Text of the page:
I am not saying that immigration is not an issue that must be addressed. The whole subject of integration is of vital importance in an increasingly diverse society. But we need to have a conversation that listens to facts as well as fears, is rooted in justice and compassion, rather than prejudice and bigotry.
One example of the atrocious behavior conducted by the media and tabloids in particular is the constant mantra that immigration is a drain on the British economy. The very opposite is true. Immigration brings more money into the country than it takes out. There are abuses of the system and they make wonderful news headlines but they hide the truth and contribute to attitudes and actions that do little to engender debate, informed discussion and considered policy decisions.
I and genuinely concerned about some of the racist attitudes that I see in some politicians’ rhetoric and heralded as patriotic by large swathes of the media. Such attitudes fuel resentment, bitterness and hatred. How terrible this week to read about the case of Bijan Ebrahimi, an Iranian who had come to England as a refugee in 2001 to find a better life. Wrongly accused of being a paedophile, let down by the police, He was beaten up, stabbed and then set on fire by those who murdered him. False allegations, fuelled with racist hatred was seen as major contributory factors that led to his brutal killing. An extreme example, a terrible incident but a chilling warning about ignorance, prejudice, racism and a simmering resentment and hatred that lies under the subsurface of individuals and communities. Those who govern should heed the wise words of Abraham Lincoln: Government of the people, by the people, for the people.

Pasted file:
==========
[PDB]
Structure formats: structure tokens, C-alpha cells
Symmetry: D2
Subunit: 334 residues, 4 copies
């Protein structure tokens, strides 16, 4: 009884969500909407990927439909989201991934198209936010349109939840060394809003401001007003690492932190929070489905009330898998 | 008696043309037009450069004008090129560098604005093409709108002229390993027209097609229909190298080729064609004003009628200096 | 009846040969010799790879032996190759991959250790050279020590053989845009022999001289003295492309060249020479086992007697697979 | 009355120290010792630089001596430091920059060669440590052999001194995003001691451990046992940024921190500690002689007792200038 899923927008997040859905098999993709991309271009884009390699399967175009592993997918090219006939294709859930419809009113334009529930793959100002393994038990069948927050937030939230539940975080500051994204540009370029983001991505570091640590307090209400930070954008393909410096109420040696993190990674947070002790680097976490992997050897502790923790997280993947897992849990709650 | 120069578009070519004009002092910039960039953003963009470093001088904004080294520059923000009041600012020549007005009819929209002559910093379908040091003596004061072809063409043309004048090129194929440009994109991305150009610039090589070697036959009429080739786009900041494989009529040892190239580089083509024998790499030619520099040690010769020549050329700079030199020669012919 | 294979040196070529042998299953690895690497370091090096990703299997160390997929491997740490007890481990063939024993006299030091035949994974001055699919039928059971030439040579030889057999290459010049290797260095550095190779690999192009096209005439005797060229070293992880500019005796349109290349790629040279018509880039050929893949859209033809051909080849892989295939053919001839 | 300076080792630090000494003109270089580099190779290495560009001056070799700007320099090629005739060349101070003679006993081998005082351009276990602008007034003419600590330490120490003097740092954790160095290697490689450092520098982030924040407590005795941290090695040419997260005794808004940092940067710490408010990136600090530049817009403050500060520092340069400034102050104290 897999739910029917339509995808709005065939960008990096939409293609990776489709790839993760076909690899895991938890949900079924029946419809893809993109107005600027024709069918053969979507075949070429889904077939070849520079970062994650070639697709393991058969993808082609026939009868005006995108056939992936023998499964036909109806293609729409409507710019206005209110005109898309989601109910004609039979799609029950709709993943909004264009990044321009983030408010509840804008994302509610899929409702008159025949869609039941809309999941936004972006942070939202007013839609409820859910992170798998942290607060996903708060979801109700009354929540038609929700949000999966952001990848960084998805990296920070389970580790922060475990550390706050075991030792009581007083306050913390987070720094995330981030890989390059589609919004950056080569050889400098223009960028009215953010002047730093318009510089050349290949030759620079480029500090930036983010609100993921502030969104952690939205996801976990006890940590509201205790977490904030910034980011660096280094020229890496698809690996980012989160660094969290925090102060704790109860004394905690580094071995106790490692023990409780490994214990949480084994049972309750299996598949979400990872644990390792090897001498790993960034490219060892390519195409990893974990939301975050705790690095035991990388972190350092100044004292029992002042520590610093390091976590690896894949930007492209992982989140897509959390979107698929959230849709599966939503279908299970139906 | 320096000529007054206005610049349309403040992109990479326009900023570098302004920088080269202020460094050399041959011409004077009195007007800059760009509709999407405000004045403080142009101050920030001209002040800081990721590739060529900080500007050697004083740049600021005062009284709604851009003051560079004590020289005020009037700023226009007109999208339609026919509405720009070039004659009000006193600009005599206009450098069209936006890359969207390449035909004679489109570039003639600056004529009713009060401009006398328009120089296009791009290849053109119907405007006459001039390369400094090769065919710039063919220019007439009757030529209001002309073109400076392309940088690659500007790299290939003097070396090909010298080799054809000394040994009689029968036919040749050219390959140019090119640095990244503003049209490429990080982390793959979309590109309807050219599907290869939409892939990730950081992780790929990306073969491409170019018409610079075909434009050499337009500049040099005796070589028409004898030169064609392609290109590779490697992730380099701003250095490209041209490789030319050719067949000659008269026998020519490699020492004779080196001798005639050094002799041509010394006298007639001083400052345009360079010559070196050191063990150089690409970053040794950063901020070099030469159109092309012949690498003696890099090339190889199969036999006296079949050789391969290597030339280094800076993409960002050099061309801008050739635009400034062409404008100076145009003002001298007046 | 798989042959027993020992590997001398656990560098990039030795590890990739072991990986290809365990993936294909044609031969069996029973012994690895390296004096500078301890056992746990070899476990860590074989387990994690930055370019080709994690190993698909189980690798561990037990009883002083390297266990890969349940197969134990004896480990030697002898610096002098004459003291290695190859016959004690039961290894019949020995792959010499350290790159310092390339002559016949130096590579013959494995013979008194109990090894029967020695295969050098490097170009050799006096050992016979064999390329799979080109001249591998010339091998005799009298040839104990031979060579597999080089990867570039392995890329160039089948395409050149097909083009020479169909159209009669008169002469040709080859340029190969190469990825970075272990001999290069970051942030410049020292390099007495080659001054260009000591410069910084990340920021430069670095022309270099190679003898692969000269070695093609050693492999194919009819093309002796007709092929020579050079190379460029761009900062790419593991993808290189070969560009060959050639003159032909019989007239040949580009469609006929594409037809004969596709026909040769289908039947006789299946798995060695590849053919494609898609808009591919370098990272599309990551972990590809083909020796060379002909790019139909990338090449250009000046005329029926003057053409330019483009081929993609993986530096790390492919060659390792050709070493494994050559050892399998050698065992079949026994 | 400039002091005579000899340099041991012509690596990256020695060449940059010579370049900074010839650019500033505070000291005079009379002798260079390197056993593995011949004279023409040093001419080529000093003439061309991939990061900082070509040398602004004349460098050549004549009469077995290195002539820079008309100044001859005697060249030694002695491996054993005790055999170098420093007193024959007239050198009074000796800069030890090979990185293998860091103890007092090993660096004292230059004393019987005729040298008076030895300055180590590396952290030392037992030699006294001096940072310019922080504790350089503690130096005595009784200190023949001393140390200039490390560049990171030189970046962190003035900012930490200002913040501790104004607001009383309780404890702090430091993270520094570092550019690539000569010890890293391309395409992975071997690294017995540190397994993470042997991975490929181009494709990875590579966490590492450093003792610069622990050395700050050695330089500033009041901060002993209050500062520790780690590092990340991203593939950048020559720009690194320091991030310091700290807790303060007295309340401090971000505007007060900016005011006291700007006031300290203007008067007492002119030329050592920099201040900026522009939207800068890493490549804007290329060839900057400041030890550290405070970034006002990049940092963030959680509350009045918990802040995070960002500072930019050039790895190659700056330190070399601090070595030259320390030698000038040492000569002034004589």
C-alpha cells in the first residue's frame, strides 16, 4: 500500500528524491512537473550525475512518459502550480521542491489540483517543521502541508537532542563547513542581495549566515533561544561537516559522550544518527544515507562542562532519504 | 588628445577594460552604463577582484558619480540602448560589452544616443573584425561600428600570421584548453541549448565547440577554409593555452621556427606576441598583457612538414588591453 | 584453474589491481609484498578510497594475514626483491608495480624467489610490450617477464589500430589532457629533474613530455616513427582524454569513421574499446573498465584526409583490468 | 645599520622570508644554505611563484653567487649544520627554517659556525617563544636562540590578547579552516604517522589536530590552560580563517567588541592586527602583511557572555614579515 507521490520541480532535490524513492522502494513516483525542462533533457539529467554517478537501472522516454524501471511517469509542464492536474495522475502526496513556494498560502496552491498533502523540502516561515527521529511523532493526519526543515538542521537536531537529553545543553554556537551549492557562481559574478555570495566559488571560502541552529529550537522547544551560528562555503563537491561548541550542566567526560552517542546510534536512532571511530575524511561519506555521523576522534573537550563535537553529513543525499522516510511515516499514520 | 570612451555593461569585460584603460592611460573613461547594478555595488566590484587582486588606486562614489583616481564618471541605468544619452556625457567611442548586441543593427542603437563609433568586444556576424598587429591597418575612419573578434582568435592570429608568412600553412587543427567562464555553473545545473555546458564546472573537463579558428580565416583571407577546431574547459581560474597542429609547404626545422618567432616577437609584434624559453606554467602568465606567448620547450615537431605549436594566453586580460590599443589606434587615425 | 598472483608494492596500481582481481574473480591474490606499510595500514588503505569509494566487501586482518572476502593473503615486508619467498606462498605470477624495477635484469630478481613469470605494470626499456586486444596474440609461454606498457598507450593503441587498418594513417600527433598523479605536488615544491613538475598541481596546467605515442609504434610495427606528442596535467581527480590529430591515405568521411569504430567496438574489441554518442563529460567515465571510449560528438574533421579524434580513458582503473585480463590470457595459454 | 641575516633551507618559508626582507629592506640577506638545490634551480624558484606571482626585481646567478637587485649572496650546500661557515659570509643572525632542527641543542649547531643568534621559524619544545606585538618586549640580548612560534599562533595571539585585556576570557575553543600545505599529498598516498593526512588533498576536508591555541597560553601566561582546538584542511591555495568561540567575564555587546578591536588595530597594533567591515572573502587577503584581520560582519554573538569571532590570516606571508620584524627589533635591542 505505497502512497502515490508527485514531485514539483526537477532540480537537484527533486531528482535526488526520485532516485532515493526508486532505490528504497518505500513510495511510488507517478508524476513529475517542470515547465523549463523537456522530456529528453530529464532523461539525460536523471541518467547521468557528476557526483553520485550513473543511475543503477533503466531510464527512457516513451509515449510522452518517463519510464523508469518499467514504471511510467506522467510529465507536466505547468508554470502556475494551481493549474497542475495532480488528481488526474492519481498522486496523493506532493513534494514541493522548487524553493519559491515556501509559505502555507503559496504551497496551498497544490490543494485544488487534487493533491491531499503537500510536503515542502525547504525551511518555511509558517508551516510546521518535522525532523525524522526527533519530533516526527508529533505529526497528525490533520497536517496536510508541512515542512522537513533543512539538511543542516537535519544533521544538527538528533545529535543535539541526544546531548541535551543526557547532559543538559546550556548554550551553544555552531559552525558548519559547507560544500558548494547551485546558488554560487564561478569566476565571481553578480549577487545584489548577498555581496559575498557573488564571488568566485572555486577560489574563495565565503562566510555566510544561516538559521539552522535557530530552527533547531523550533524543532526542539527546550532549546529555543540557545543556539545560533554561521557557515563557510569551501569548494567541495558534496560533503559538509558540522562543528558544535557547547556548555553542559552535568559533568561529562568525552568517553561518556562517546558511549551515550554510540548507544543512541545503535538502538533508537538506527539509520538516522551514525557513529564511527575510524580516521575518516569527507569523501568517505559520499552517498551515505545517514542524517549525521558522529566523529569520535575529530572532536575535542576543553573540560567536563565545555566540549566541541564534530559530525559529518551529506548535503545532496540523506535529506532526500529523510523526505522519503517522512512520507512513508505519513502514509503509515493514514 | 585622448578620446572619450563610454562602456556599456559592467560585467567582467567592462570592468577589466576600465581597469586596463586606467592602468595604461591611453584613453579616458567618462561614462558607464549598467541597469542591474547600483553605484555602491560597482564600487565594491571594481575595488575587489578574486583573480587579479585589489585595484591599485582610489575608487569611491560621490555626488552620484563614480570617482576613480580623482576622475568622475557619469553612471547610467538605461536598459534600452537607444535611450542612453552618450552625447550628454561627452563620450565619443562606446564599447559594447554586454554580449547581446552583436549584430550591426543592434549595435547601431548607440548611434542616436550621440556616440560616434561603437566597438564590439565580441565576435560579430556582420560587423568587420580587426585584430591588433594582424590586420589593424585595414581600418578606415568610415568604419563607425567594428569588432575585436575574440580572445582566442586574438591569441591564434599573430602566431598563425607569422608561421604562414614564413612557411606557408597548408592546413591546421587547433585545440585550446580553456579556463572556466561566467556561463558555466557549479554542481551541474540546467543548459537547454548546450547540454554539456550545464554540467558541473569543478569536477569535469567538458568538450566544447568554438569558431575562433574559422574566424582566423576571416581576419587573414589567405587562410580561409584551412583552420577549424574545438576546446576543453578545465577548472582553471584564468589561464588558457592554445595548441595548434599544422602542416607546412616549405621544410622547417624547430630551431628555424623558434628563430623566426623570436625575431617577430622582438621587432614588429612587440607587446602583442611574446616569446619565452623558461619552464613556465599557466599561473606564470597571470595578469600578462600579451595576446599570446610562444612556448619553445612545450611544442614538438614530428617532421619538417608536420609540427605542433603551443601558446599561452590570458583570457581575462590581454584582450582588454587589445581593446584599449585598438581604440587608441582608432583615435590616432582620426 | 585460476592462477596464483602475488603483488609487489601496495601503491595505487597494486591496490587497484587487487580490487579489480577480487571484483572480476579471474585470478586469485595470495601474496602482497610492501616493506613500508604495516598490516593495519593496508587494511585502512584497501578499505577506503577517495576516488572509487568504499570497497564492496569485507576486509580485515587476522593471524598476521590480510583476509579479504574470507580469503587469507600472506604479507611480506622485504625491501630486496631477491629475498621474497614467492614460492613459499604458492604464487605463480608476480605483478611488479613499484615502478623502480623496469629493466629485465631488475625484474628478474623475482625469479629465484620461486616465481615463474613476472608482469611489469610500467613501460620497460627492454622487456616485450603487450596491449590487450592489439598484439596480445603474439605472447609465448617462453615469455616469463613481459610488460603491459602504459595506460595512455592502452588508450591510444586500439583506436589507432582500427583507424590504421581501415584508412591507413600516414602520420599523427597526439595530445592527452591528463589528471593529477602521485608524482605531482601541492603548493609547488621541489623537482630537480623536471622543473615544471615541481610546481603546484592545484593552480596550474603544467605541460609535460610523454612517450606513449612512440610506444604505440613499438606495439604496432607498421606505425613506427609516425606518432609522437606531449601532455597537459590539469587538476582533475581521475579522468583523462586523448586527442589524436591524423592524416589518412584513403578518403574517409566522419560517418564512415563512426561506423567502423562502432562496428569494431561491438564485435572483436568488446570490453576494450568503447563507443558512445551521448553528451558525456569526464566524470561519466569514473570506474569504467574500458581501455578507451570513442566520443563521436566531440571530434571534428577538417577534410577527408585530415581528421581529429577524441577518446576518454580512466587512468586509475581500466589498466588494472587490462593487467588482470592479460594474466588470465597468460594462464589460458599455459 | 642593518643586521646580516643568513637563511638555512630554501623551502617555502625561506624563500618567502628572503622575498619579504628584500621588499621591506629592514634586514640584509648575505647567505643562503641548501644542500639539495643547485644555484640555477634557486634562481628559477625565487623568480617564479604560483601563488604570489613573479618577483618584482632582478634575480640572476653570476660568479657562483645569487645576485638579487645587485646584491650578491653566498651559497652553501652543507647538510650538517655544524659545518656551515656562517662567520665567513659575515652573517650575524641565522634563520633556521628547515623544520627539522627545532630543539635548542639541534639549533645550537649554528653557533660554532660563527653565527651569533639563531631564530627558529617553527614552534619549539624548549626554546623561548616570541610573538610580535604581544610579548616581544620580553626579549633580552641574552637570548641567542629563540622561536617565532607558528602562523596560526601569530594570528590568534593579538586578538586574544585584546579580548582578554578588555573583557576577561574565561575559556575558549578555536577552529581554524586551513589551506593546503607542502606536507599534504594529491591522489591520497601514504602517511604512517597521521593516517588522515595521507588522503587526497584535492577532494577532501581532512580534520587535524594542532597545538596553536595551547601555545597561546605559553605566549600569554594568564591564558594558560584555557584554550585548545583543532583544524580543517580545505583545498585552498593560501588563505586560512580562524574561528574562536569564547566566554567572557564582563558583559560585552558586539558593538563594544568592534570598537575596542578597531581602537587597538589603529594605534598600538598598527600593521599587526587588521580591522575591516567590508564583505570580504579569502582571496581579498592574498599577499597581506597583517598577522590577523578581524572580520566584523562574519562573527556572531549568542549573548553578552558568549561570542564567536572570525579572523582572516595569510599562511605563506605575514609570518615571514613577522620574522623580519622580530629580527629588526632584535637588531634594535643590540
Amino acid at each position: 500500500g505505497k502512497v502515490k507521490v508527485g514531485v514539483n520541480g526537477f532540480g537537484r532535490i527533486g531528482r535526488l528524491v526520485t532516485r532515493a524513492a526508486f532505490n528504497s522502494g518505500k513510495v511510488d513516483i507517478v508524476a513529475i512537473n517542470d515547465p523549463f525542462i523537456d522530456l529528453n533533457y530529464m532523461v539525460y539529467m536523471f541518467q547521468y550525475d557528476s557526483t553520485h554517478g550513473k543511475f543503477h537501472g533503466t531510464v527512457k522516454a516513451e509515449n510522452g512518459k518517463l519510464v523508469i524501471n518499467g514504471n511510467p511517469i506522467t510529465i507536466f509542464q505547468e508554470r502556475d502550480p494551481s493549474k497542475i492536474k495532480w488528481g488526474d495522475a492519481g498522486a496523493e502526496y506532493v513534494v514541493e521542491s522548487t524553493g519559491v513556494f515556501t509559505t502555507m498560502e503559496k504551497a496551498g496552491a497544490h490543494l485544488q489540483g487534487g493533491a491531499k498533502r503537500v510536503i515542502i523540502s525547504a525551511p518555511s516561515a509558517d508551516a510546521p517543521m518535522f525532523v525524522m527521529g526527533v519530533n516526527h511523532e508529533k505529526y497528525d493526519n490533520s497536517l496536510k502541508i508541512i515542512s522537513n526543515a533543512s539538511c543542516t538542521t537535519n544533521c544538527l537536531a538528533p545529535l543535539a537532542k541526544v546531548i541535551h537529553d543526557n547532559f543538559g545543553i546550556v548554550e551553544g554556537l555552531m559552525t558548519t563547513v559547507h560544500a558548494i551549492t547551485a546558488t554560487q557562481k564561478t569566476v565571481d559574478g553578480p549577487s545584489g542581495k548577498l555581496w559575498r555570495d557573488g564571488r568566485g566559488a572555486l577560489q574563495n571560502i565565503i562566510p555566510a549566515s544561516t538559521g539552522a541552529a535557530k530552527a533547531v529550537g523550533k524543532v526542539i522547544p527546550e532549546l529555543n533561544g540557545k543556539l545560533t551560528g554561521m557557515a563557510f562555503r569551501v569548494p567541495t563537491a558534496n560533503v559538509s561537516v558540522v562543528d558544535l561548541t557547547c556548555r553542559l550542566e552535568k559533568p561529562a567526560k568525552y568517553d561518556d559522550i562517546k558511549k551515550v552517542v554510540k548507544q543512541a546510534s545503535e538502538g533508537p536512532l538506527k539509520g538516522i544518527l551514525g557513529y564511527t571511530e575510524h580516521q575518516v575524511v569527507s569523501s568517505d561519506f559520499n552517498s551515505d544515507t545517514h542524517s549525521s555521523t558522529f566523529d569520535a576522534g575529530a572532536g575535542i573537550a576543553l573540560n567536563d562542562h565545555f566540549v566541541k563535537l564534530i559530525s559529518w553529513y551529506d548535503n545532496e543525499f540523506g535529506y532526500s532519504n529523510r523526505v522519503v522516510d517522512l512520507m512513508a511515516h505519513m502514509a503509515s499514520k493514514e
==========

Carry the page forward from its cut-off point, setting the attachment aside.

No system of government is perfect. Max Weber the German economist and sociologist describes politics as “The art of compromise and decision-making based on social benefits weighed against costs”. He also went on to say that politics was not the arena for saints! Yet I despair when people say that whoever they vote for, it will not make any difference or when apathy is so pervasive that people can’t even be bothered to exercise a right that millions in other countries would give anything for.
Call me sad but I was interested in the launch this week of the Scottish Nationalist Party’s White Paper, “Scotland’s future”. I’m not promising to read its 160 pages and 170,000 words but I will listen to the ideas put by both sides of the argument as to whether Scotland should remain within the UK or become an independent state. I find it very sad, important though economics is, to see so much of the debate centred around prosperity.